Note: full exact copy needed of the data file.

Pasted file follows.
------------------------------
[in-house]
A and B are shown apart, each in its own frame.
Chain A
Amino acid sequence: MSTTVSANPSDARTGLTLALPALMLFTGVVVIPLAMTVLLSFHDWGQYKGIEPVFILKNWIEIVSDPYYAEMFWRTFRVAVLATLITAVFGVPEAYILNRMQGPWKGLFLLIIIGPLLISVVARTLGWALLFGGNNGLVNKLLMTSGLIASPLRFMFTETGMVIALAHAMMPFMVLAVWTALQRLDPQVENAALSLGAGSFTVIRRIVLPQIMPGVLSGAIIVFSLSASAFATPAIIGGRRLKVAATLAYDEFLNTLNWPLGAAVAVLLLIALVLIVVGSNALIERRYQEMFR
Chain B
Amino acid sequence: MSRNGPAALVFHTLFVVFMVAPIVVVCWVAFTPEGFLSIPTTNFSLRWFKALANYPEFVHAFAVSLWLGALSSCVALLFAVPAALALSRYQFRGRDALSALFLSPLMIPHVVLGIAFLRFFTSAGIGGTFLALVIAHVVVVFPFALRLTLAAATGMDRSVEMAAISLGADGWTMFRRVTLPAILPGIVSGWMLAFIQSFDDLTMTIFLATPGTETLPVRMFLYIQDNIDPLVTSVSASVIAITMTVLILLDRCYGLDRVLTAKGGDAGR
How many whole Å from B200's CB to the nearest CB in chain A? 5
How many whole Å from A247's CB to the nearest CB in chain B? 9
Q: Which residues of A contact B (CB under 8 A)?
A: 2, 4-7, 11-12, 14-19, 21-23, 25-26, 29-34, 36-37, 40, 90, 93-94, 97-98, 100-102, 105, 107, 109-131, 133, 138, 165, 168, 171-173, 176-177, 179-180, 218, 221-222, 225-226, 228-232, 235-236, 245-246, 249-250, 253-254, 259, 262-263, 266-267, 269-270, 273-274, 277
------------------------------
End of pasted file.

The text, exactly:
[in-house]
A and B are shown apart, each in its own frame.
Chain A
Amino acid sequence: MSTTVSANPSDARTGLTLALPALMLFTGVVVIPLAMTVLLSFHDWGQYKGIEPVFILKNWIEIVSDPYYAEMFWRTFRVAVLATLITAVFGVPEAYILNRMQGPWKGLFLLIIIGPLLISVVARTLGWALLFGGNNGLVNKLLMTSGLIASPLRFMFTETGMVIALAHAMMPFMVLAVWTALQRLDPQVENAALSLGAGSFTVIRRIVLPQIMPGVLSGAIIVFSLSASAFATPAIIGGRRLKVAATLAYDEFLNTLNWPLGAAVAVLLLIALVLIVVGSNALIERRYQEMFR
Chain B
Amino acid sequence: MSRNGPAALVFHTLFVVFMVAPIVVVCWVAFTPEGFLSIPTTNFSLRWFKALANYPEFVHAFAVSLWLGALSSCVALLFAVPAALALSRYQFRGRDALSALFLSPLMIPHVVLGIAFLRFFTSAGIGGTFLALVIAHVVVVFPFALRLTLAAATGMDRSVEMAAISLGADGWTMFRRVTLPAILPGIVSGWMLAFIQSFDDLTMTIFLATPGTETLPVRMFLYIQDNIDPLVTSVSASVIAITMTVLILLDRCYGLDRVLTAKGGDAGR
How many whole Å from B200's CB to the nearest CB in chain A? 5
How many whole Å from A247's CB to the nearest CB in chain B? 9
Q: Which residues of A contact B (CB under 8 A)?
A: 2, 4-7, 11-12, 14-19, 21-23, 25-26, 29-34, 36-37, 40, 90, 93-94, 97-98, 100-102, 105, 107, 109-131, 133, 138, 165, 168, 171-173, 176-177, 179-180, 218, 221-222, 225-226, 228-232, 235-236, 245-246, 249-250, 253-254, 259, 262-263, 266-267, 269-270, 273-274, 277